While equipment built to accommodate urban environments, by generating less noise, vibrations and emission, became more common, super sized equipment that could withstand harsh working conditions in places like giant mines were also developed.
D575A was developed as the worlds largest bulldozer. It is used at large mines and stone crushing sites. The third one in production was supplied as the first unit for domestic use. A total of nine trailers and trucks were used for its transportation.
Following D575A, the D575A Superdozer was launched. It can hold a scooping posture by tilting the blade backward toward the operator's side. This allows loaded soil to work as a counter weight, generating more power. Compared to D475A, it could carry twice as much soil. This technology was patented in the United States.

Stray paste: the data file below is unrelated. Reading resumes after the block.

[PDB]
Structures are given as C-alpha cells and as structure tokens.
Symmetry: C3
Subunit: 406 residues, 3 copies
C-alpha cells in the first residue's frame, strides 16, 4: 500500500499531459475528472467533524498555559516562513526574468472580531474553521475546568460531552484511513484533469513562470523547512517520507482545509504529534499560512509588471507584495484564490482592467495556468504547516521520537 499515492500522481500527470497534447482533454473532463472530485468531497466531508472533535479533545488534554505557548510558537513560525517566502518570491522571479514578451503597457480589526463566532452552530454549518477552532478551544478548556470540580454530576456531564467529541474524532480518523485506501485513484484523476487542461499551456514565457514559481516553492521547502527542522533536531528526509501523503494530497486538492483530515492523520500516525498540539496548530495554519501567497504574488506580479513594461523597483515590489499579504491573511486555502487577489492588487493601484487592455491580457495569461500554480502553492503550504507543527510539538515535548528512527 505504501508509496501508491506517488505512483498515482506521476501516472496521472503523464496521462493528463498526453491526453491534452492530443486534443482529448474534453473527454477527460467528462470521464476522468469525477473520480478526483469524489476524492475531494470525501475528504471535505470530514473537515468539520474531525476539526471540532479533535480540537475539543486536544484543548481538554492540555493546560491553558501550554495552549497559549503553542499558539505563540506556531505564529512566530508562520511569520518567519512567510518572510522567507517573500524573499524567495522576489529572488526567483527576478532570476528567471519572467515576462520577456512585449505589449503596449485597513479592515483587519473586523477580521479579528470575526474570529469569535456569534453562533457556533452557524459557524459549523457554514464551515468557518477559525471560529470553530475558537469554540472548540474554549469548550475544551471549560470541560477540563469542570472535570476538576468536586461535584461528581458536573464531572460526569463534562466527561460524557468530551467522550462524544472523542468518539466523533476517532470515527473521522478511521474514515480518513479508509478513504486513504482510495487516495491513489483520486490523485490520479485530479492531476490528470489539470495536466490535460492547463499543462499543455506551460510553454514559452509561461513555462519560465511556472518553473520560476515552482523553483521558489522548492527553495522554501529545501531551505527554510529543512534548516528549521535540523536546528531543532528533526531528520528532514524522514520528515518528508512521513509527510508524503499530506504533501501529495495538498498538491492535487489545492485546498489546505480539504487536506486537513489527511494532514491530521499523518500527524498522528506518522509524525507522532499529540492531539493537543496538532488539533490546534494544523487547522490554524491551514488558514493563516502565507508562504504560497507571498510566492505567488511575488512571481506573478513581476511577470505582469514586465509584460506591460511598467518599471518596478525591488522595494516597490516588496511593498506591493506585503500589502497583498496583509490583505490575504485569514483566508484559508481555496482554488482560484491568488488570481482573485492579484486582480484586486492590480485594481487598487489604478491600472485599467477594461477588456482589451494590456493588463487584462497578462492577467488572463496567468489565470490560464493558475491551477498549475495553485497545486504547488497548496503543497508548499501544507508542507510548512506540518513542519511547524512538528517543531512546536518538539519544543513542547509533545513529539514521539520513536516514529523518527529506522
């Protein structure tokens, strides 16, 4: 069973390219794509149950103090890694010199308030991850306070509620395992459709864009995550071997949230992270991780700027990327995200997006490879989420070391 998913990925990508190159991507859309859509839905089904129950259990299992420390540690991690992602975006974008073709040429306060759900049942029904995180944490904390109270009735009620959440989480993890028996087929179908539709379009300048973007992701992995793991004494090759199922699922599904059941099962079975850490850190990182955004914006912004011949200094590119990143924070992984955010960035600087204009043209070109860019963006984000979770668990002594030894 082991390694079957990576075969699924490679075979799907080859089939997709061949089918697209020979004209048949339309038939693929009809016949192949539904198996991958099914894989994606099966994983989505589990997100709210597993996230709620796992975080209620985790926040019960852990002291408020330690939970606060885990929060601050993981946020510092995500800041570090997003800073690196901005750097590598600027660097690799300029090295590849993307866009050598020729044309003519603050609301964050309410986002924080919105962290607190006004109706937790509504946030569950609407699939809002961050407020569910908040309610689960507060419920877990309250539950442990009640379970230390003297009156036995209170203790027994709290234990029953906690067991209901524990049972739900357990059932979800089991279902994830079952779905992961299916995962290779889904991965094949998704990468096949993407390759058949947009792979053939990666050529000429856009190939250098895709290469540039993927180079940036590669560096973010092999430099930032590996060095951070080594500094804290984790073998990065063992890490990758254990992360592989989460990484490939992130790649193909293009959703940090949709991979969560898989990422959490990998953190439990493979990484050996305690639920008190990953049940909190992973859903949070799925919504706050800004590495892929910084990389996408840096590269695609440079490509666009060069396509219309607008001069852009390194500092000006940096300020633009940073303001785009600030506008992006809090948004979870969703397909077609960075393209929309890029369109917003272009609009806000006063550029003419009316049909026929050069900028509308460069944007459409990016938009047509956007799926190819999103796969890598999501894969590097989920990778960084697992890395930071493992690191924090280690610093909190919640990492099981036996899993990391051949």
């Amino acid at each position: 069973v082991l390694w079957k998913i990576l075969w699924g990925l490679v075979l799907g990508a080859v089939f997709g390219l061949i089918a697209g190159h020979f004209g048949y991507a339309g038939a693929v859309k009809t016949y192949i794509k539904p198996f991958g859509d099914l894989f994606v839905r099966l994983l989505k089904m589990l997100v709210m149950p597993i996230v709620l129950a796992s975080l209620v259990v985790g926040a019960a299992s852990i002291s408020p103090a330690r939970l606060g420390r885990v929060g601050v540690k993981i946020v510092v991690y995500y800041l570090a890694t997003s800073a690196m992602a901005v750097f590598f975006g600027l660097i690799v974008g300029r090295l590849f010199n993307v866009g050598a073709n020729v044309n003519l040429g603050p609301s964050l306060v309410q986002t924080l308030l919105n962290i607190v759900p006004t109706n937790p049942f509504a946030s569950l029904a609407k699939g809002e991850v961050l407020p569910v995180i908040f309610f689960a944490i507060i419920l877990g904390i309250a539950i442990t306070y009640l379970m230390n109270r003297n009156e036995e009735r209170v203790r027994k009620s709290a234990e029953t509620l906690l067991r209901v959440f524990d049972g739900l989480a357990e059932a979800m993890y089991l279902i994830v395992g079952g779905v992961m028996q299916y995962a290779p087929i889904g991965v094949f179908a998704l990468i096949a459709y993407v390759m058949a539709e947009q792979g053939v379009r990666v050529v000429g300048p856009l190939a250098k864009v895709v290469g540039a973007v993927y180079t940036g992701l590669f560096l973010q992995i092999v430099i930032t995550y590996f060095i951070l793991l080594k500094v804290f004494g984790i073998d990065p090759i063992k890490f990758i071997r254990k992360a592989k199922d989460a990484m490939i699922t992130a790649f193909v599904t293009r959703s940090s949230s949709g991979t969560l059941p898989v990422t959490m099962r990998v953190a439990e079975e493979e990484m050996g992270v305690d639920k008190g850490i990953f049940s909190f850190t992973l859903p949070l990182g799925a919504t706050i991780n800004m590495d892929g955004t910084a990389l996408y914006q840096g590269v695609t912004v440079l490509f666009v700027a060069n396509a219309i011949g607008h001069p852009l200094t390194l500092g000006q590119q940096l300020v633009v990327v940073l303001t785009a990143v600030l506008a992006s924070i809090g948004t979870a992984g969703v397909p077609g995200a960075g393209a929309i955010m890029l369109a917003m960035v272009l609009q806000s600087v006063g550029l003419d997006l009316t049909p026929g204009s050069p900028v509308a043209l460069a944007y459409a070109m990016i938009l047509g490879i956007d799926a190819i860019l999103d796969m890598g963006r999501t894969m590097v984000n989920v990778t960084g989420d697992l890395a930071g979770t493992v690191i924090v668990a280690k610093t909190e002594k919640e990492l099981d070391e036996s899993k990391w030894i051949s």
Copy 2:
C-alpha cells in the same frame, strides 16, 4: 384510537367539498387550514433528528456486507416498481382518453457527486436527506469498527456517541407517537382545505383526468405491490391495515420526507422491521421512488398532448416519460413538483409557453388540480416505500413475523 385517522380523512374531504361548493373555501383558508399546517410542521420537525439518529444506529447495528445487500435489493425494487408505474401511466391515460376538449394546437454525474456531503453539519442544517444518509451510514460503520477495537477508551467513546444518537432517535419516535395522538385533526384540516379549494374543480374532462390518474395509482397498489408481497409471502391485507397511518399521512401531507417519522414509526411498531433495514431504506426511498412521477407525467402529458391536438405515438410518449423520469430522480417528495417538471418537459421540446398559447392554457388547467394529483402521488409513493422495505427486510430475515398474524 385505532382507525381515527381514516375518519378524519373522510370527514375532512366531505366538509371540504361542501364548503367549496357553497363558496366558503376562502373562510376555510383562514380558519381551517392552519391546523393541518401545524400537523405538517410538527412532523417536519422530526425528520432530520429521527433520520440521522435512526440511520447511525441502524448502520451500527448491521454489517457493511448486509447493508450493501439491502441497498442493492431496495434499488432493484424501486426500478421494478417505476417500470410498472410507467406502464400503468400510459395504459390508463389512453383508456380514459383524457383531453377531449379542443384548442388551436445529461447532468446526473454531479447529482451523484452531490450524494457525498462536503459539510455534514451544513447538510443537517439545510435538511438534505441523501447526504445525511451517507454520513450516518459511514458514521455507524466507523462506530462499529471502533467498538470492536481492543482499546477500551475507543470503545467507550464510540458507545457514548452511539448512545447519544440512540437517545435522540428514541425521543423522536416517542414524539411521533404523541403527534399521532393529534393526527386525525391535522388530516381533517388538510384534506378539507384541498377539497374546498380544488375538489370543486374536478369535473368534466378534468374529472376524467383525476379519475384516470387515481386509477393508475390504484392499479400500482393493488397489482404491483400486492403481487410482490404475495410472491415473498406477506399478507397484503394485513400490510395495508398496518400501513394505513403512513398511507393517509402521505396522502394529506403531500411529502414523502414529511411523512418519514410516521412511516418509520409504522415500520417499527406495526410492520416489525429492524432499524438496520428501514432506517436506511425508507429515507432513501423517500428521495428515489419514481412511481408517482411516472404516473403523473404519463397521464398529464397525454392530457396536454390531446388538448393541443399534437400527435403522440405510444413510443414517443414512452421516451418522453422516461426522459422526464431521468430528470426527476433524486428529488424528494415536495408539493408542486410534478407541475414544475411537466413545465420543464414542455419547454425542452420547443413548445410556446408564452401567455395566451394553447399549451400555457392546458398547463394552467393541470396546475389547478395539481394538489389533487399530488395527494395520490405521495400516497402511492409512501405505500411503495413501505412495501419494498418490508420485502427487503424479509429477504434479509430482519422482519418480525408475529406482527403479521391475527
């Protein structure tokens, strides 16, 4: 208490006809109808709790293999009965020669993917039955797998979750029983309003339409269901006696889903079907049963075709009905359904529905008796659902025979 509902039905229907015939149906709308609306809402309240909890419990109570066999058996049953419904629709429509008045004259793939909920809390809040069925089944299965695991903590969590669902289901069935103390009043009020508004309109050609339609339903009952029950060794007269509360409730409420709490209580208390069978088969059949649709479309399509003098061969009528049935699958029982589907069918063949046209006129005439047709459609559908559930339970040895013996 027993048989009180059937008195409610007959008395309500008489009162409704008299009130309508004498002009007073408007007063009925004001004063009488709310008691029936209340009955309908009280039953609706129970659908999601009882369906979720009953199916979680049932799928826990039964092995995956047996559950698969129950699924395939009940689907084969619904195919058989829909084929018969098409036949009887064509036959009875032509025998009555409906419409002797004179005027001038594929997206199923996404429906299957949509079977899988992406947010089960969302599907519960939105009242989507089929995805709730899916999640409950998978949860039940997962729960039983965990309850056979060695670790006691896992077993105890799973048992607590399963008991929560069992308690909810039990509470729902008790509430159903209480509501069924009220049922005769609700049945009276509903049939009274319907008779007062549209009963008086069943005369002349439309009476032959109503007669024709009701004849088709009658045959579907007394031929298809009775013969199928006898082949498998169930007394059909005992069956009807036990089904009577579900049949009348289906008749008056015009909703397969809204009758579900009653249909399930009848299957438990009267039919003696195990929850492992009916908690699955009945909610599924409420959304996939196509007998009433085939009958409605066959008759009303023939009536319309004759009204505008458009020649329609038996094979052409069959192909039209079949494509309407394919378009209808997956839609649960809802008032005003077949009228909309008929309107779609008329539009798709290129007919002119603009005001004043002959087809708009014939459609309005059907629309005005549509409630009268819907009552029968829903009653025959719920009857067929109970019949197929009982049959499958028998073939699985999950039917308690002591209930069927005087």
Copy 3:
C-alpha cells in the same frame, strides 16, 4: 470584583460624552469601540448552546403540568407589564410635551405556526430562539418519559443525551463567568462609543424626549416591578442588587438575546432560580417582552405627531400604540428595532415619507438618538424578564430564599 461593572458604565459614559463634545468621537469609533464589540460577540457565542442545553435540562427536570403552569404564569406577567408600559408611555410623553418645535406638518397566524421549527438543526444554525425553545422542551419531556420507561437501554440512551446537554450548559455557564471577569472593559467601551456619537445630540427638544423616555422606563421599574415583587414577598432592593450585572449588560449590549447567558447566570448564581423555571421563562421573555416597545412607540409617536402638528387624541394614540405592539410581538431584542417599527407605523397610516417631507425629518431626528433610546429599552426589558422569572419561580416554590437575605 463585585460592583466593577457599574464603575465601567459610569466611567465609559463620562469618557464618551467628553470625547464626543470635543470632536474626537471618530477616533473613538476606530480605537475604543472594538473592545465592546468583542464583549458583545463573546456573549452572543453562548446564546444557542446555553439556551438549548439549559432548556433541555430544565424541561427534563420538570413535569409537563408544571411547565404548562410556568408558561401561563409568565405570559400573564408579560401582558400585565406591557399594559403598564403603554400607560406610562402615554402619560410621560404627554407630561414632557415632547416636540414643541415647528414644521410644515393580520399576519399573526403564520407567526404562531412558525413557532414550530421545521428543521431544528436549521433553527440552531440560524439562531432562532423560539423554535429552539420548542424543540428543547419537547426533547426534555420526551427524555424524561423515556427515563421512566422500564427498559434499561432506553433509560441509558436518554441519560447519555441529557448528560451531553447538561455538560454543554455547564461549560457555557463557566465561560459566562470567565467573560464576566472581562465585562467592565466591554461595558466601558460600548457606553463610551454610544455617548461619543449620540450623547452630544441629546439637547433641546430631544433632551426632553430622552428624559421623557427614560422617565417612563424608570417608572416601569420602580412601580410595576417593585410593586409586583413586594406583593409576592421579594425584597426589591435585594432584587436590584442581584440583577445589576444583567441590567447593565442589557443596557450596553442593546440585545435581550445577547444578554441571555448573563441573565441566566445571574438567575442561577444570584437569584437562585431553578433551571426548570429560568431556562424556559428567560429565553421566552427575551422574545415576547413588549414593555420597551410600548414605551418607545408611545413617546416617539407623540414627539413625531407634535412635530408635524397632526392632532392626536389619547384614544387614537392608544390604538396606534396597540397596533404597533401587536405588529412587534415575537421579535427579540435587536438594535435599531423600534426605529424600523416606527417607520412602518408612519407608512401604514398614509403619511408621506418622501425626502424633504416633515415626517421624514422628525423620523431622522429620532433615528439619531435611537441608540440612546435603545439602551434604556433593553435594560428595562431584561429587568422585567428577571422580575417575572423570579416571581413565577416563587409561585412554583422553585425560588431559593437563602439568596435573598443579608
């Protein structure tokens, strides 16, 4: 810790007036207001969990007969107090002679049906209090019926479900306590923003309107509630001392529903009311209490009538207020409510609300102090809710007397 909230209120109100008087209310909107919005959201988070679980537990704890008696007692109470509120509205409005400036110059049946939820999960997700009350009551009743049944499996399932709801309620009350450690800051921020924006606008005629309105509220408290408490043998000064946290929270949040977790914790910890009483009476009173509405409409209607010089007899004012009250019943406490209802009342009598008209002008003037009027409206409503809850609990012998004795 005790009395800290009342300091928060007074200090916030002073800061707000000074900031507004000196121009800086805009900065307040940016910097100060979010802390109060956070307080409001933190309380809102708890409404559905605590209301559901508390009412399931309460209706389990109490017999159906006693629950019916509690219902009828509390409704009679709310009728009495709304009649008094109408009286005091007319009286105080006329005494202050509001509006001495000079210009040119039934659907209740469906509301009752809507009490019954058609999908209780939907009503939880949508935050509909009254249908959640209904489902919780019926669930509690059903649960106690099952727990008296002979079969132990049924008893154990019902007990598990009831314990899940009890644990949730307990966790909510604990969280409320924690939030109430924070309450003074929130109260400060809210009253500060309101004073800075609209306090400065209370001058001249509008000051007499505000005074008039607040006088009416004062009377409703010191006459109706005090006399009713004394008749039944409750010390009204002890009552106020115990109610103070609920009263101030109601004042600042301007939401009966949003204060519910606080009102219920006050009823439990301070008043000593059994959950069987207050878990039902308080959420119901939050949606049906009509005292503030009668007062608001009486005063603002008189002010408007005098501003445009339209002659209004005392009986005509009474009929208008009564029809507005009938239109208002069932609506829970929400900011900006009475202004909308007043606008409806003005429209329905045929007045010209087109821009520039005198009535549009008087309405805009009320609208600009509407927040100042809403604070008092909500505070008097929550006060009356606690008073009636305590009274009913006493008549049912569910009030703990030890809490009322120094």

Since its first emergence in 1951, it took only 50 years for the hydraulic shovel to establish its primary position on construction sites worldwide. Its size ranges from mini to super size depending on the scale of construction, and during the half century, it kept evolving by achieving a minimum rear-swing radius and adapting styles that would work with characteristics of each site. Mirroring the movement of a human hand, a hydraulic shovel will continue to evolve during the 21st century.